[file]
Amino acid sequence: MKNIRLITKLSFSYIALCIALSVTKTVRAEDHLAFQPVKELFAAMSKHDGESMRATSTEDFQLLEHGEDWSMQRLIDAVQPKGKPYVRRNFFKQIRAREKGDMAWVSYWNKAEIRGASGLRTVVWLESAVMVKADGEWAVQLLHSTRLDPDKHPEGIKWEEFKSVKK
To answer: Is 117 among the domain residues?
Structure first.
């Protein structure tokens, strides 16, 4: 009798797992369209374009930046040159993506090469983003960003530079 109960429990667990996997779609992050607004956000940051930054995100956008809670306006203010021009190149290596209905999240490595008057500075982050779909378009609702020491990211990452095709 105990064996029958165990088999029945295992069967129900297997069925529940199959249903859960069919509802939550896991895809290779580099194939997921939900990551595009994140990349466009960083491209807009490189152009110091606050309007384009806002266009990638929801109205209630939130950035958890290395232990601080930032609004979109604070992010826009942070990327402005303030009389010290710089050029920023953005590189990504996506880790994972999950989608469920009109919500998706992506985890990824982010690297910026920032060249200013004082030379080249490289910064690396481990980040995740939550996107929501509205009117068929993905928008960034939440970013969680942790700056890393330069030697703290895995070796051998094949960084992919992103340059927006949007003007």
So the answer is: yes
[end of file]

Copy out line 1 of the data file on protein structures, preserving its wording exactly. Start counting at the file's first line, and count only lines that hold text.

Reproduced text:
Amino acid sequence: MKNIRLITKLSFSYIALCIALSVTKTVRAEDHLAFQPVKELFAAMSKHDGESMRATSTEDFQLLEHGEDWSMQRLIDAVQPKGKPYVRRNFFKQIRAREKGDMAWVSYWNKAEIRGASGLRTVVWLESAVMVKADGEWAVQLLHSTRLDPDKHPEGIKWEEFKSVKK